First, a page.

UK service sector recovery slows sharply during October

CIPS 4 November 2020

Employment numbers decreased for the eighth consecutive month in October, which was primarily linked to redundancies in response to shrinking revenues during the pandemic.


- Business activity rises at much softer pace than in September

- New orders decline for the first time since June

- Sharp drop in employment reported again in October

October data pointed to a much weaker rise in business activity across the UK service sector, with the rate of expansion the slowest for four months. There were also signs of a sharp reversal in demand conditions, with new work falling for the first time since June. Survey respondents in the hospitality, transport and leisure sectors widely commented on an adverse impact from tightening restrictions on trade due to the coronavirus disease 2019 (COVID-19) pandemic.

Adjusted for seasonal influences, the IHS Markit/CIPS UK Services PMI® Business Activity Index registered 51.4 in October, down sharply from 56.1 in September but slightly above the crucial 50.0 no-change mark. The latest reading was lower than the earlier 'flash' reading for October (52.3) and signalled the weakest service sector performance since June.

Growth was often linked to a continued recovery in business operations after the national lockdown period during the second quarter of 2020 and the restart of work on delayed projects. Some firms cited a boost from higher housing market transactions and a rebound in demand from clients in the construction sector.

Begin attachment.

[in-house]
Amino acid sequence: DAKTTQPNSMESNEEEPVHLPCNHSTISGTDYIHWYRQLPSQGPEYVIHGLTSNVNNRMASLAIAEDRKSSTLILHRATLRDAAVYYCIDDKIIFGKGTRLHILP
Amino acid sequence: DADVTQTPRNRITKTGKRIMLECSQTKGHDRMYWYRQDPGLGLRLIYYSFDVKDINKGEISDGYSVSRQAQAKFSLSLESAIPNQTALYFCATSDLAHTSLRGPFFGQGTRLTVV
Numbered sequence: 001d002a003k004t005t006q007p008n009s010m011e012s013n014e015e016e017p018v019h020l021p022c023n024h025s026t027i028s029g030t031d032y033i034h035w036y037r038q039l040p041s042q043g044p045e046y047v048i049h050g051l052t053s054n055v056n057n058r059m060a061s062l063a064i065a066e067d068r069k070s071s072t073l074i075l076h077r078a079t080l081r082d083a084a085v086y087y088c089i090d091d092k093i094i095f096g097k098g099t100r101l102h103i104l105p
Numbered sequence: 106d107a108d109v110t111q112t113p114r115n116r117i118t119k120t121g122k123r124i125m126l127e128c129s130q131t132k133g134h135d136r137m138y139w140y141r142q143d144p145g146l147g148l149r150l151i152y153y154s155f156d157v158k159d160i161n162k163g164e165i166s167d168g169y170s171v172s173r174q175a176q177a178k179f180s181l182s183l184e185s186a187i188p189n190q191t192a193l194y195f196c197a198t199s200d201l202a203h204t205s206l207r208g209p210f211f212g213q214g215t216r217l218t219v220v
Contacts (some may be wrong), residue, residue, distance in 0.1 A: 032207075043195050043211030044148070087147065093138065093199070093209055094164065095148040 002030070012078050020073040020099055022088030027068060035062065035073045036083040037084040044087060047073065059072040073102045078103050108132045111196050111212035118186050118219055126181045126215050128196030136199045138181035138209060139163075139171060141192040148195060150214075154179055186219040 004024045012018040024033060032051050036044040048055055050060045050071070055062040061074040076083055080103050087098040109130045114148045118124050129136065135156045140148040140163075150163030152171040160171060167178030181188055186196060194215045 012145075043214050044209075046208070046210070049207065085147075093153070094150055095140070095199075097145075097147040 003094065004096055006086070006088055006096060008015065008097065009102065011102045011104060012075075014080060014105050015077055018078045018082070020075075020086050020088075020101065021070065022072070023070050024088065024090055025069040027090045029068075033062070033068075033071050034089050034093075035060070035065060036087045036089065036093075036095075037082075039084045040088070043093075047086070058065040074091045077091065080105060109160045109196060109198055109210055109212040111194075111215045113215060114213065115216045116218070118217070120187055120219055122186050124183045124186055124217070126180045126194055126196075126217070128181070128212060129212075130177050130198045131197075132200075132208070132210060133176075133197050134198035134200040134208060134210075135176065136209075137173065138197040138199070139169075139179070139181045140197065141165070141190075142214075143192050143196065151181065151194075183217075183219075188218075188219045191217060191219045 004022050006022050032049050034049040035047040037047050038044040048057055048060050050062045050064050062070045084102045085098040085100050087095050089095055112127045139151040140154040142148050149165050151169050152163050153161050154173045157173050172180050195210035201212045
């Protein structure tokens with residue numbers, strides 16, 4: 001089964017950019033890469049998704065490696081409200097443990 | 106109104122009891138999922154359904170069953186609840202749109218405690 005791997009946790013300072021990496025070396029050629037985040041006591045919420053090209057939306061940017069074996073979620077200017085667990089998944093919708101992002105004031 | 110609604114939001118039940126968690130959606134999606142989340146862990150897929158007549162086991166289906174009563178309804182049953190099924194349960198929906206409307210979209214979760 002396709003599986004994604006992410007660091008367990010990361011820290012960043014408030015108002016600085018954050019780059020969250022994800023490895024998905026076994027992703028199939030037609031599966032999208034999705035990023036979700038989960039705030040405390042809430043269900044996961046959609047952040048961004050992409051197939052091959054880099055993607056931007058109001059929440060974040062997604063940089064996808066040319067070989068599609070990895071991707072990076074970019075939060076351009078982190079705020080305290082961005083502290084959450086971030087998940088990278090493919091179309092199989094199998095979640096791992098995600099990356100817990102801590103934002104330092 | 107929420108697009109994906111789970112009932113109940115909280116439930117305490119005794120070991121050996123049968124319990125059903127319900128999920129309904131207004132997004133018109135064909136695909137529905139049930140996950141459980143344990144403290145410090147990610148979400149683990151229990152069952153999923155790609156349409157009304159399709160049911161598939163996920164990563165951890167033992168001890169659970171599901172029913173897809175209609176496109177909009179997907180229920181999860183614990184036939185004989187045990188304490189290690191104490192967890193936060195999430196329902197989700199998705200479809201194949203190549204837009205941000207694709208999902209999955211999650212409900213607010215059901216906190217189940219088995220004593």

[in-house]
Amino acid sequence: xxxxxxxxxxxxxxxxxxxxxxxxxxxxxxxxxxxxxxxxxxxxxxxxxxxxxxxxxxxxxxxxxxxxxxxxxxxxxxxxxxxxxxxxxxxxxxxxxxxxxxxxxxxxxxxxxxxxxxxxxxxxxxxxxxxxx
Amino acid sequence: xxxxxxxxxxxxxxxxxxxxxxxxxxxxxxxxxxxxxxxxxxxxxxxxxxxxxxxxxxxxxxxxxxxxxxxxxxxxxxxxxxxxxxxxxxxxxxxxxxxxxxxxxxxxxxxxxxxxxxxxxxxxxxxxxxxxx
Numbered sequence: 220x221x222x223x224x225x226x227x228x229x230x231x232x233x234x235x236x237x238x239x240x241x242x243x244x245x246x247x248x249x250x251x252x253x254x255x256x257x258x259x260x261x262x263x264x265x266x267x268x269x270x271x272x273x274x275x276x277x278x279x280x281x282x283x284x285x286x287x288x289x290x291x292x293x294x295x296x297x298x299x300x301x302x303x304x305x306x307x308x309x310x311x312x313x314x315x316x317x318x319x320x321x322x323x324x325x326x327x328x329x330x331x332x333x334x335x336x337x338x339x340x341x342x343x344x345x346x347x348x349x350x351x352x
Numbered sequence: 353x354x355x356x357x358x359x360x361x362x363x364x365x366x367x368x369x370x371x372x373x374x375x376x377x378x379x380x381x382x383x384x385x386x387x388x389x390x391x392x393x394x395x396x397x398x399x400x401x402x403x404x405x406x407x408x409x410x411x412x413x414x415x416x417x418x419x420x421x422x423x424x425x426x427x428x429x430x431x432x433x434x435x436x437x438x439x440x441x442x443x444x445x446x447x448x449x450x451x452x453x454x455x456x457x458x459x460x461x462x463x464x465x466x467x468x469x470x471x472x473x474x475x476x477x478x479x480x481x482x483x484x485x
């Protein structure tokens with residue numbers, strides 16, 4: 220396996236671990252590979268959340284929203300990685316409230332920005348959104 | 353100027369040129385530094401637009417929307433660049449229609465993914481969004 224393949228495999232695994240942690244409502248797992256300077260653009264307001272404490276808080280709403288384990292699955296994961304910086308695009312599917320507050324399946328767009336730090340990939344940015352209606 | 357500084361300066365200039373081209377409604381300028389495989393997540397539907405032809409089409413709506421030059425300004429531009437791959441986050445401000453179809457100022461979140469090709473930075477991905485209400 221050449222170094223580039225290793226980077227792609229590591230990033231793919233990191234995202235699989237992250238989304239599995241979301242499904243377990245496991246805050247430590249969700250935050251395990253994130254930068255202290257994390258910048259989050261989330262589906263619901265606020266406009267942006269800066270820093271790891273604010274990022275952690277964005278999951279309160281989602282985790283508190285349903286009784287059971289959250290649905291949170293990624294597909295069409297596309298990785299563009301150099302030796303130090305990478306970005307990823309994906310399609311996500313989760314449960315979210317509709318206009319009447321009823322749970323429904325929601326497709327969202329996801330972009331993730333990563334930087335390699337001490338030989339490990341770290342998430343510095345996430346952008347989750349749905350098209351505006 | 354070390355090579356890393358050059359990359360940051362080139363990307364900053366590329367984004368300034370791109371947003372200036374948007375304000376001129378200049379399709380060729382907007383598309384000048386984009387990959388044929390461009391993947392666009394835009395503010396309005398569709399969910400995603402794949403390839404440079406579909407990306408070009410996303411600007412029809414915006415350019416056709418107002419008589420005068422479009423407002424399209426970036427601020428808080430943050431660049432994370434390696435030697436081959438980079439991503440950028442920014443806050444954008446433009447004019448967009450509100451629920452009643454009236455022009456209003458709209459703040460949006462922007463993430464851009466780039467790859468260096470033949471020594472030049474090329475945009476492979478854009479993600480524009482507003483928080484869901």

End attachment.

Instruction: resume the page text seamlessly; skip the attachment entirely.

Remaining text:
In contrast to the upward trend for business activity, latest data indicated a drop in new orders for the first time since June. The rate of decline across the service sector as a whole was modest in comparison to the second quarter of 2020. However, the overall figure masked a slump in demand for customer-facing service providers, especially those in the hotels, restaurants and catering category.

Survey respondents overwhelmingly attributed lower new business to the impact of COVID-19 restrictions on trade during October and a subsequent lack of demand for hospitality and leisure services.

Reduced volumes of new business resulted in lower backlogs across the service economy in October. Companies reporting a decline in unfinished business widely commented on spare capacity and a lack of forward bookings for customer-facing services.

Employment numbers decreased for the eighth consecutive month in October, which was primarily linked to redundancies in response to shrinking revenues during the pandemic. More than twice as many survey respondents (26%) reported a drop in employment as those that indicated a rise (12%). This signalled a sharp downturn in staffing numbers, although the overall rate of job shedding was the slowest since March.

Margins were under pressure from a solid increase in average cost burdens during October. At the same time, prices charged by service providers fell for the second month in a row amid discounting to stimulate sales. Service providers are optimistic overall about their prospects for growth in the next 12 months, but the degree of confidence slipped to its lowest since May. Expectations were again contingent on the trajectory of the pandemic and often reflected plans to rebuild business operations when the impact abates.